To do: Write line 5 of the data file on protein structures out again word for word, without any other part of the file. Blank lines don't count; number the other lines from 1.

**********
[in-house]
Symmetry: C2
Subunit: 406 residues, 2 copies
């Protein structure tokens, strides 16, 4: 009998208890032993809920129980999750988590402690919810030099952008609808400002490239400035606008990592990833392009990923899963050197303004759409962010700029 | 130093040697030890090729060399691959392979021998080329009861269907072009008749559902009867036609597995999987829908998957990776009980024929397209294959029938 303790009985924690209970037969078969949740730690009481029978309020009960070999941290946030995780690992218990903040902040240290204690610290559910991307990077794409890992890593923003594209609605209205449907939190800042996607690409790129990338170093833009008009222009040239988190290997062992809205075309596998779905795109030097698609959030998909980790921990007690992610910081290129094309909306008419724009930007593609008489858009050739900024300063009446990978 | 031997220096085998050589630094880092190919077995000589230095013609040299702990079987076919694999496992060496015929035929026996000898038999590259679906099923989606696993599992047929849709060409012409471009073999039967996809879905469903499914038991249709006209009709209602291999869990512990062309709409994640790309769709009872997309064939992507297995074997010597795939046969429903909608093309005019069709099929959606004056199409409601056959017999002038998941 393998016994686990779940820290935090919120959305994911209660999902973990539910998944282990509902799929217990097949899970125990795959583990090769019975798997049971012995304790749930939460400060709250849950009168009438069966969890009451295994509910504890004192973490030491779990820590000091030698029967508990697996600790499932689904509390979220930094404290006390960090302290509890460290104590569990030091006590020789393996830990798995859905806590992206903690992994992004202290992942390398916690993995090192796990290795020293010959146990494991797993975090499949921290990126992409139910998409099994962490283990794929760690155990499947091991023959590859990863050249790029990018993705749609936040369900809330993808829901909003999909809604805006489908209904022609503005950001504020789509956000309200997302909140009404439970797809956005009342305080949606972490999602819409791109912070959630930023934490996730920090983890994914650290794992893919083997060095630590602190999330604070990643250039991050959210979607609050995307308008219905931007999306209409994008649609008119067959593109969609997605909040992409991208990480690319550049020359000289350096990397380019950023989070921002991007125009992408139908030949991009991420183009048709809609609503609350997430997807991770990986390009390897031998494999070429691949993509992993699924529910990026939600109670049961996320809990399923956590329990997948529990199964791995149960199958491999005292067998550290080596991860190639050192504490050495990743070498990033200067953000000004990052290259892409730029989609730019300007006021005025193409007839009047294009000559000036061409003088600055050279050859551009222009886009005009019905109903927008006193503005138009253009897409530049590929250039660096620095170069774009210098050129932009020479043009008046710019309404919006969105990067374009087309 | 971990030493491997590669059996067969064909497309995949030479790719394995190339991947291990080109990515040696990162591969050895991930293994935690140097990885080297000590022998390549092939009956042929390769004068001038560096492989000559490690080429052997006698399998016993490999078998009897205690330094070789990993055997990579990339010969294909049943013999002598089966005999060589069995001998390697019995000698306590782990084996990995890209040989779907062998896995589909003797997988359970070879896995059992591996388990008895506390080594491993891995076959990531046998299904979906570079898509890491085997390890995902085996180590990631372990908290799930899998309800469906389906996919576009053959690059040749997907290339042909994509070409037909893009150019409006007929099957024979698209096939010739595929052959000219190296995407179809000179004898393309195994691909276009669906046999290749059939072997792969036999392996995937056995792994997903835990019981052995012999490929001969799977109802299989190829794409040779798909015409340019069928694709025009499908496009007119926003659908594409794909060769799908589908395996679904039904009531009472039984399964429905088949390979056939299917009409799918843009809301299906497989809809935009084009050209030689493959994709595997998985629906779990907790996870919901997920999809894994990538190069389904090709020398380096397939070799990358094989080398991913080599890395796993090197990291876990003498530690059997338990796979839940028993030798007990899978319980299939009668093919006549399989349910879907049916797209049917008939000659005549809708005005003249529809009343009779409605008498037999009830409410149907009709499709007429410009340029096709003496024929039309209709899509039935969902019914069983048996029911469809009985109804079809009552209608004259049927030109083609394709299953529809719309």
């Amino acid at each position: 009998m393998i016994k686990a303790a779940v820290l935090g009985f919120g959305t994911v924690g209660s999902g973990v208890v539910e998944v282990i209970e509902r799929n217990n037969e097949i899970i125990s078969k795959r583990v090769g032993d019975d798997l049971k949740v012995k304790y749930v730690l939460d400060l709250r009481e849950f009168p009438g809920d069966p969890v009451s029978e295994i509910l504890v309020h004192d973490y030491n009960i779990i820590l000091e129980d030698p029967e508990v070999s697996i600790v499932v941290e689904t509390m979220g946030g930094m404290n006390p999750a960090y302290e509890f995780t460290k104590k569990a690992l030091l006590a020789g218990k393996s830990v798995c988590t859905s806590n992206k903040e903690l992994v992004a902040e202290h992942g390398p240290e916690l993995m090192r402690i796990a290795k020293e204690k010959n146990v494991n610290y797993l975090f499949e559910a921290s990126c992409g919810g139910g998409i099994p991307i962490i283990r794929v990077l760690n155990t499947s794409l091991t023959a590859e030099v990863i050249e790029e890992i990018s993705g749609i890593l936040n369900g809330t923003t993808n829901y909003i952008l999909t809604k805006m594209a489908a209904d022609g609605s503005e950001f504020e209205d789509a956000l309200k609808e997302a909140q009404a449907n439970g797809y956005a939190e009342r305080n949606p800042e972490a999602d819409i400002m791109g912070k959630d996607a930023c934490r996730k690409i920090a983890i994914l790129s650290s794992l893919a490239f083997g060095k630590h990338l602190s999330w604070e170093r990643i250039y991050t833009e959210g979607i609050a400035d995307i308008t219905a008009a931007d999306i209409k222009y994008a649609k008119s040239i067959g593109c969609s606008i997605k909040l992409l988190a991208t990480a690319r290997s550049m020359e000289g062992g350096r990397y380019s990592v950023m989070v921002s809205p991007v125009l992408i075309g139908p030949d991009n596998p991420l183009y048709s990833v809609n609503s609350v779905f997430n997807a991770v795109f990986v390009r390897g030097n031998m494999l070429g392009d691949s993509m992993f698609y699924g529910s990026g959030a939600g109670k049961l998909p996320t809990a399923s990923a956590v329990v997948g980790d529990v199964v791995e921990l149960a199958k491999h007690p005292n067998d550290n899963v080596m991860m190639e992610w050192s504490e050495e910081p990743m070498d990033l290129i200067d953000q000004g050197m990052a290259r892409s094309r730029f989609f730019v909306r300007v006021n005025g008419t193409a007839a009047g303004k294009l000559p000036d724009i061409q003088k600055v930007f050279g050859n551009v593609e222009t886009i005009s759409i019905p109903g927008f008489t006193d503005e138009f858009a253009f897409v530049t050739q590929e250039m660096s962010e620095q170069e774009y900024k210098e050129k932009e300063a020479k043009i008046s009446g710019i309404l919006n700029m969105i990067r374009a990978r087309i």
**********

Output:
């Amino acid at each position: 009998m393998i016994k686990a303790a779940v820290l935090g009985f919120g959305t994911v924690g209660s999902g973990v208890v539910e998944v282990i209970e509902r799929n217990n037969e097949i899970i125990s078969k795959r583990v090769g032993d019975d798997l049971k949740v012995k304790y749930v730690l939460d400060l709250r009481e849950f009168p009438g809920d069966p969890v009451s029978e295994i509910l504890v309020h004192d973490y030491n009960i779990i820590l000091e129980d030698p029967e508990v070999s697996i600790v499932v941290e689904t509390m979220g946030g930094m404290n006390p999750a960090y302290e509890f995780t460290k104590k569990a690992l030091l006590a020789g218990k393996s830990v798995c988590t859905s806590n992206k903040e903690l992994v992004a902040e202290h992942g390398p240290e916690l993995m090192r402690i796990a290795k020293e204690k010959n146990v494991n610290y797993l975090f499949e559910a921290s990126c992409g919810g139910g998409i099994p991307i962490i283990r794929v990077l760690n155990t499947s794409l091991t023959a590859e030099v990863i050249e790029e890992i990018s993705g749609i890593l936040n369900g809330t923003t993808n829901y909003i952008l999909t809604k805006m594209a489908a209904d022609g609605s503005e950001f504020e209205d789509a956000l309200k609808e997302a909140q009404a449907n439970g797809y956005a939190e009342r305080n949606p800042e972490a999602d819409i400002m791109g912070k959630d996607a930023c934490r996730k690409i920090a983890i994914l790129s650290s794992l893919a490239f083997g060095k630590h990338l602190s999330w604070e170093r990643i250039y991050t833009e959210g979607i609050a400035d995307i308008t219905a008009a931007d999306i209409k222009y994008a649609k008119s040239i067959g593109c969609s606008i997605k909040l992409l988190a991208t990480a690319r290997s550049m020359e000289g062992g350096r990397y380019s990592v950023m989070v921002s809205p991007v125009l992408i075309g139908p030949d991009n596998p991420l183009y048709s990833v809609n609503s609350v779905f997430n997807a991770v795109f990986v390009r390897g030097n031998m494999l070429g392009d691949s993509m992993f698609y699924g529910s990026g959030a939600g109670k049961l998909p996320t809990a399923s990923a956590v329990v997948g980790d529990v199964v791995e921990l149960a199958k491999h007690p005292n067998d550290n899963v080596m991860m190639e992610w050192s504490e050495e910081p990743m070498d990033l290129i200067d953000q000004g050197m990052a290259r892409s094309r730029f989609f730019v909306r300007v006021n005025g008419t193409a007839a009047g303004k294009l000559p000036d724009i061409q003088k600055v930007f050279g050859n551009v593609e222009t886009i005009s759409i019905p109903g927008f008489t006193d503005e138009f858009a253009f897409v530049t050739q590929e250039m660096s962010e620095q170069e774009y900024k210098e050129k932009e300063a020479k043009i008046s009446g710019i309404l919006n700029m969105i990067r374009a990978r087309i």